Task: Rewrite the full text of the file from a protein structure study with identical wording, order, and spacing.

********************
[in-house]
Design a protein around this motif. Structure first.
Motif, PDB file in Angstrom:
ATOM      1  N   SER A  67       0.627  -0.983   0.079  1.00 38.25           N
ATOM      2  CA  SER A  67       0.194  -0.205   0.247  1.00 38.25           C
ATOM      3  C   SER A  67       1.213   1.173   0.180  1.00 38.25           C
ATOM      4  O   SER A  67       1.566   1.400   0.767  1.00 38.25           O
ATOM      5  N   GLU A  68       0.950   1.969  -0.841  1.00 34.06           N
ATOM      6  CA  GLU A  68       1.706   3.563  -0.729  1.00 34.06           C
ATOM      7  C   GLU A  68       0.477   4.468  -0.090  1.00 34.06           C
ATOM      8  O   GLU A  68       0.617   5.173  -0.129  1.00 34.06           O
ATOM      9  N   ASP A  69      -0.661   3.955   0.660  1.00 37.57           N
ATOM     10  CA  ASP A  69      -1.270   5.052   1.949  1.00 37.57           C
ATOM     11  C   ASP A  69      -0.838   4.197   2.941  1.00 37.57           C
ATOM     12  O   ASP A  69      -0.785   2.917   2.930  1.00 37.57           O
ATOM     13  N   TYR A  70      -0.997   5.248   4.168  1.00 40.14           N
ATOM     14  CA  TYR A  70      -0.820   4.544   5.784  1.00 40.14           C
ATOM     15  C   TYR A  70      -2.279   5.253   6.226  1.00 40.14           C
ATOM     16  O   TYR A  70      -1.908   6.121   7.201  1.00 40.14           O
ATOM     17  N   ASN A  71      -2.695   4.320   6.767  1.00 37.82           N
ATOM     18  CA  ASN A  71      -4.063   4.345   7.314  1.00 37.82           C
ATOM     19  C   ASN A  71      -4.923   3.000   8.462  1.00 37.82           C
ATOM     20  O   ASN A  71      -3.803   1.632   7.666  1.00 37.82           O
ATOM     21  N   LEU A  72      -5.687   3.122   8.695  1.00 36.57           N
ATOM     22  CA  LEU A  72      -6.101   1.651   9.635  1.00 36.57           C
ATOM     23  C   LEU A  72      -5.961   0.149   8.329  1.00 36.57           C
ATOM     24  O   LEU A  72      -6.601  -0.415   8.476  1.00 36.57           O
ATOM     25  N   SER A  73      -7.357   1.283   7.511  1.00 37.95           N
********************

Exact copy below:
[in-house]
Design a protein around this motif. Structure first.
Motif, PDB file in Angstrom:
ATOM      1  N   SER A  67       0.627  -0.983   0.079  1.00 38.25           N
ATOM      2  CA  SER A  67       0.194  -0.205   0.247  1.00 38.25           C
ATOM      3  C   SER A  67       1.213   1.173   0.180  1.00 38.25           C
ATOM      4  O   SER A  67       1.566   1.400   0.767  1.00 38.25           O
ATOM      5  N   GLU A  68       0.950   1.969  -0.841  1.00 34.06           N
ATOM      6  CA  GLU A  68       1.706   3.563  -0.729  1.00 34.06           C
ATOM      7  C   GLU A  68       0.477   4.468  -0.090  1.00 34.06           C
ATOM      8  O   GLU A  68       0.617   5.173  -0.129  1.00 34.06           O
ATOM      9  N   ASP A  69      -0.661   3.955   0.660  1.00 37.57           N
ATOM     10  CA  ASP A  69      -1.270   5.052   1.949  1.00 37.57           C
ATOM     11  C   ASP A  69      -0.838   4.197   2.941  1.00 37.57           C
ATOM     12  O   ASP A  69      -0.785   2.917   2.930  1.00 37.57           O
ATOM     13  N   TYR A  70      -0.997   5.248   4.168  1.00 40.14           N
ATOM     14  CA  TYR A  70      -0.820   4.544   5.784  1.00 40.14           C
ATOM     15  C   TYR A  70      -2.279   5.253   6.226  1.00 40.14           C
ATOM     16  O   TYR A  70      -1.908   6.121   7.201  1.00 40.14           O
ATOM     17  N   ASN A  71      -2.695   4.320   6.767  1.00 37.82           N
ATOM     18  CA  ASN A  71      -4.063   4.345   7.314  1.00 37.82           C
ATOM     19  C   ASN A  71      -4.923   3.000   8.462  1.00 37.82           C
ATOM     20  O   ASN A  71      -3.803   1.632   7.666  1.00 37.82           O
ATOM     21  N   LEU A  72      -5.687   3.122   8.695  1.00 36.57           N
ATOM     22  CA  LEU A  72      -6.101   1.651   9.635  1.00 36.57           C
ATOM     23  C   LEU A  72      -5.961   0.149   8.329  1.00 36.57           C
ATOM     24  O   LEU A  72      -6.601  -0.415   8.476  1.00 36.57           O
ATOM     25  N   SER A  73      -7.357   1.283   7.511  1.00 37.95           N